The Tennessee Department of Environment and Conservation and TVA will establish and fund a network of direct current fast charging (DCFC) stations every 50 miles along Tennessee’s interstates and major highways through the Fast Charge TN Network Program (Program). The Program offers funding for public DCFC stations along EV corridor gaps, up to $150,000 per DCFC station. Eligible applicants include TVA Local Power Companies, and eligible projects must include a minimum of two DCFC ports per location. Program participants must identify suitable host sites and agree to own, operate, and maintain Program-funded DCFC stations for a minimum of five years. For more information, including guidelines and additional eligibility requirements, see the TVA Fast Charge TN Network website.
Electric Vehicle (EV) Infrastructure Support
Tennessee utilities joined the National Electric Highway Coalition (NEHC), committing to create a network of direct current fast charging (DCFC) stations connecting major highway systems from the Atlantic Coast to the Pacific of the United States. NEHC utility members agree to ensure efficient and effective fast charging deployment plans that enable long distance EV travel, avoiding duplication among coalition utilities, and complement existing corridor DCFC sites. For more information, including a list of participating utilities and states, see the NEHC website.
Natural Gas Vehicle (NGV) and Electric Vehicle (EV) Weight Exemption
NGVs and EVs may exceed the state’s gross and axle vehicle weight limits by up to 2,000 pounds (lbs.). The NGV and EV maximum gross vehicle weight may not exceed 82,000 lbs. This exemption applies on all interstate highways.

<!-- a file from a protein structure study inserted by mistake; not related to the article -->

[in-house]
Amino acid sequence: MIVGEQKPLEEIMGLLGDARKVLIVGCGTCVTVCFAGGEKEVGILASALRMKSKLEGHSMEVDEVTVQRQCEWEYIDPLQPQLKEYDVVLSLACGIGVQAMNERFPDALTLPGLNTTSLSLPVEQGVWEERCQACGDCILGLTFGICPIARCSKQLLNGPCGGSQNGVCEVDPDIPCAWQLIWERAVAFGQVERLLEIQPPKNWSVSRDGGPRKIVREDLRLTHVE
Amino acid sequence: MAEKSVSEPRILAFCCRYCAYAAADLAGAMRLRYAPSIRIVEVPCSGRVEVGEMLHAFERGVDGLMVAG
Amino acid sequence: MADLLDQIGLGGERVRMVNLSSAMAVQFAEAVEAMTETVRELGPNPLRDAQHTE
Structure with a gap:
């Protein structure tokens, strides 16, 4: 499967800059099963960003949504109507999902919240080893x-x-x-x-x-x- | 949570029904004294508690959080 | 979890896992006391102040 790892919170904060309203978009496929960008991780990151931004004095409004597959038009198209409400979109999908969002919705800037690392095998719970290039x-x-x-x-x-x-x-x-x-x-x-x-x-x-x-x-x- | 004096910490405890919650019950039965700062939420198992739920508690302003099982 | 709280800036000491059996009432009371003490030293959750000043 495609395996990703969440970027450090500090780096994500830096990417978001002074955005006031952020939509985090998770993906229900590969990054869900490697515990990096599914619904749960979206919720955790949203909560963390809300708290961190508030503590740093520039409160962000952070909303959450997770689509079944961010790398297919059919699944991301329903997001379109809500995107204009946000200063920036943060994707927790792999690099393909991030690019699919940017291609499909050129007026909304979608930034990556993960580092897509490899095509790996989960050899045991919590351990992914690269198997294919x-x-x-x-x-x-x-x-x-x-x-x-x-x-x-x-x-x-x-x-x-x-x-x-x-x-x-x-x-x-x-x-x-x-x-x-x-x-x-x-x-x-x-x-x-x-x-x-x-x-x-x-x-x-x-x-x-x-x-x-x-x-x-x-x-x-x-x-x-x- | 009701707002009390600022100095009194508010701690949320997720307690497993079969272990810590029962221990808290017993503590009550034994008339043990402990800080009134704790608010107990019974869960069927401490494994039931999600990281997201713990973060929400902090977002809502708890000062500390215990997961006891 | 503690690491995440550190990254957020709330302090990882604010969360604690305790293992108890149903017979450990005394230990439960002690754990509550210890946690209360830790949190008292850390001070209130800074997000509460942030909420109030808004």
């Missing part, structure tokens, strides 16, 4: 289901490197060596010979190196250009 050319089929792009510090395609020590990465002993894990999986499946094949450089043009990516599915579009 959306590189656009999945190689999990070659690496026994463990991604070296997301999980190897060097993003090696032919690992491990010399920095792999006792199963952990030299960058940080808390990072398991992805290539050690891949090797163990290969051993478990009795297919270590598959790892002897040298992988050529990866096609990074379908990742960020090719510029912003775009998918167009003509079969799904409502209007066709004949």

Tennessee's National Electric Vehicle Infrastructure (NEVI) Planning
The U.S. Department of Transportation’s (DOT) NEVI Formula Program requires the Tennessee Department of Transportation (TDOT) to submit an annual EV Infrastructure Deployment Plan (Plan) to the DOT and U.S. Department of Energy (DOE) Joint Office of Energy and Transportation (Joint Office), describing how the state intends to distribute NEVI funds. The submitted plans must be established according to NEVI guidance.
Vehicle Emissions Reduction and Electric Vehicle (EV) Charging Station Project Funding
The Tennessee Department of Environment and Conservation (TDEC) provides funding for the repower or replacement of Class 4-8 school, shuttle and transit buses, Class 4-7 local freight trucks, and Class 8 local freight trucks and port drayage trucks, with alternative fuel or all-electric models. Alternative fuels include, but are not limited to, compressed natural gas, propane, and hybrid electric technologies. Private, public, and non-profit organizations, including state, local, and tribal governments, are eligible for funding.
In partnership with the Tennessee Valley Authority (TVA), TDEC also provides funding for the Fast Charge TN Network, which supports the deployment of direct current (DC) fast charging stations. Eligible applicants include TVA-served Local Power Companies whose service territory is located along corridors.
The grant programs are funded in part by Tennessee’s portion of the Volkswagen Environmental Mitigation Trust. For more information, including funding availability, see the TDEC Project Solicitations and Fast Charge TN Network websites.
More Laws and Incentives